Lifeline for millions is a valuable asset class

Author: Richard Lapper & Amy Yee, Financial Times, Published on: 15 November 2007

[M]icrofinance has become an attractive proposition for conventional banks and investors…Private investment was initially channelled into specialist funds, often managed by banks, insurance companies and others as part of corporate social responsibility commitments. Deutsche Bank, for example, manages three. More recently, however, institutional investors are also beginning to provide backing directly to microfinance operators…Banks are moving into the sector, either by forming their own microfinance subsidiaries or by lending to microfinance organisations. ABN Amro, Standard Chartered, Citigroup and ICICI, India's largest private-sector bank, are among those most active…However, many parts of the industry are deeply suspicious of private sector motives. "There is a fear that if you go commercial you lose your sense of mission," says Ms Werrett [a board member of microfinance network Pro Mujer] [also refers to Progesar Foundation, Grameen Bank, Compartamos, SKS, Sequoia, Legatum, Morgan Stanley, Blue Orchard]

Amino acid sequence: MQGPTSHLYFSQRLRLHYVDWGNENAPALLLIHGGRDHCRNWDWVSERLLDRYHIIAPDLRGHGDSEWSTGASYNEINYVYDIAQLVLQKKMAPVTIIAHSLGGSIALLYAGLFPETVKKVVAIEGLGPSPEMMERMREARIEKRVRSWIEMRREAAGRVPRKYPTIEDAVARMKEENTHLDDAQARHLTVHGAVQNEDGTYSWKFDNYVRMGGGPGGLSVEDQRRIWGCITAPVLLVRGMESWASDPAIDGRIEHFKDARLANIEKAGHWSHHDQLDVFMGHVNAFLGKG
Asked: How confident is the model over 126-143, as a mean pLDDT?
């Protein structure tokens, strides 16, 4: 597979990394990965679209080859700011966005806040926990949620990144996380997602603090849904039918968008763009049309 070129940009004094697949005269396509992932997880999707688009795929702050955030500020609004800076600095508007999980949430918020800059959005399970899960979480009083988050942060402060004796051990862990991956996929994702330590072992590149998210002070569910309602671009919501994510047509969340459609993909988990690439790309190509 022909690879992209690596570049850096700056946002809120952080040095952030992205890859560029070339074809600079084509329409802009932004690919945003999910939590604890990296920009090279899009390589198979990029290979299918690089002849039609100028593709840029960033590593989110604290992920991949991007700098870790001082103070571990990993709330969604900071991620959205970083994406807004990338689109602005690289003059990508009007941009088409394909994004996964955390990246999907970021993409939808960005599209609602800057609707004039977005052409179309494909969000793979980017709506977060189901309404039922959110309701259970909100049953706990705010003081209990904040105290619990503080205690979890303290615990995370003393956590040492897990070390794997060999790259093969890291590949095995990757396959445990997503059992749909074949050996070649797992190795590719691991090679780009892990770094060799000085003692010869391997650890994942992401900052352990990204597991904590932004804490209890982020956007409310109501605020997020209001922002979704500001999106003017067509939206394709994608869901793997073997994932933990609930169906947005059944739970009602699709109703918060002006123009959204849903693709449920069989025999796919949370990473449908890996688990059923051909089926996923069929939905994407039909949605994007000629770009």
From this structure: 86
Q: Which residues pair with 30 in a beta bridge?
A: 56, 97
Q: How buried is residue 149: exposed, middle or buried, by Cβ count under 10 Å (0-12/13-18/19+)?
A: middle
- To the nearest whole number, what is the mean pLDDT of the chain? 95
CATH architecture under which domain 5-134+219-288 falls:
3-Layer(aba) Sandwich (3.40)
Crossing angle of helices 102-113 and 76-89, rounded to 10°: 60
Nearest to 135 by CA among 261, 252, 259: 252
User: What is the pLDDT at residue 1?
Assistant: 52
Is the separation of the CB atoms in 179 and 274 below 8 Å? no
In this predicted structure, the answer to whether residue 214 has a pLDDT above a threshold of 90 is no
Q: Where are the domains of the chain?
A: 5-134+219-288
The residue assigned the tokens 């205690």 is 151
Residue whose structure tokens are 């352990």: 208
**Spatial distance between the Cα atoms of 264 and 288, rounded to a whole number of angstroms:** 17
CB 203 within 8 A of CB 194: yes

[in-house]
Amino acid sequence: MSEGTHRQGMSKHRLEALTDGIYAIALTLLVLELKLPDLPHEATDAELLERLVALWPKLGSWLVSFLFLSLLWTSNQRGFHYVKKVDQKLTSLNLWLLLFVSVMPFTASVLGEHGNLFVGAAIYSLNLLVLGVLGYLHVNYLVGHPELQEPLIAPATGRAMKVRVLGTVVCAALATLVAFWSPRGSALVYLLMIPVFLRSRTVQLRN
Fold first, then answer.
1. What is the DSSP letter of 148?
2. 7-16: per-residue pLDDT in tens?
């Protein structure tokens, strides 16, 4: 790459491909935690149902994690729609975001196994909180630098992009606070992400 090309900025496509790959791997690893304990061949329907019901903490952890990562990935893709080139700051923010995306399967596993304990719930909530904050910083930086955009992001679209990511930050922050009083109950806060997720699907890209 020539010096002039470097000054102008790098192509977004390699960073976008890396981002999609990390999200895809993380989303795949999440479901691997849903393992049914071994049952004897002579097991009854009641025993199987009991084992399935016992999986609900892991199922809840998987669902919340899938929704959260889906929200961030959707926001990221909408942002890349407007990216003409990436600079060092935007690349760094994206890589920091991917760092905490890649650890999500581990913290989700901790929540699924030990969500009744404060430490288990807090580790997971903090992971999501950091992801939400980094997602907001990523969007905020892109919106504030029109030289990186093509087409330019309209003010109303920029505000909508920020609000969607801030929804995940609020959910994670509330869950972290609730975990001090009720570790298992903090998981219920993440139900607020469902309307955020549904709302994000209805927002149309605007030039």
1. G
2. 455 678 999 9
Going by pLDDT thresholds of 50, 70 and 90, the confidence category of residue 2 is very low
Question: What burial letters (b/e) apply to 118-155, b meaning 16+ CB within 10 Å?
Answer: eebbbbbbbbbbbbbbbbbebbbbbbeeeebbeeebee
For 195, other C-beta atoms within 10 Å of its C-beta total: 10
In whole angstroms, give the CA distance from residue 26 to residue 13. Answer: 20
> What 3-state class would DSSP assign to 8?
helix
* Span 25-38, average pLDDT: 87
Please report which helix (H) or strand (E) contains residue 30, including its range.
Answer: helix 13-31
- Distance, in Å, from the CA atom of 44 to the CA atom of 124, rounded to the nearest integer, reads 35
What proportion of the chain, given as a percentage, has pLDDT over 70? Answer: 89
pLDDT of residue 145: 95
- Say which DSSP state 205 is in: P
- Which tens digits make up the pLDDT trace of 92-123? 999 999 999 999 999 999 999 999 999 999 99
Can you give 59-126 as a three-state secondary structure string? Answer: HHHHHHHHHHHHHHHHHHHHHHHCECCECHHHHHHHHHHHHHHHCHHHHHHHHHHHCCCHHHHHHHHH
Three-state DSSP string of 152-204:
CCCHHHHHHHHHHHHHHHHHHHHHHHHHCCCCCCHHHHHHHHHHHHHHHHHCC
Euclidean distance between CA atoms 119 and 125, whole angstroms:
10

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Related companies: ABN Amro Citigroup Deutsche Bank Grameen Bank ICICI SKS (Swayam Krishi Sangam) Standard Chartered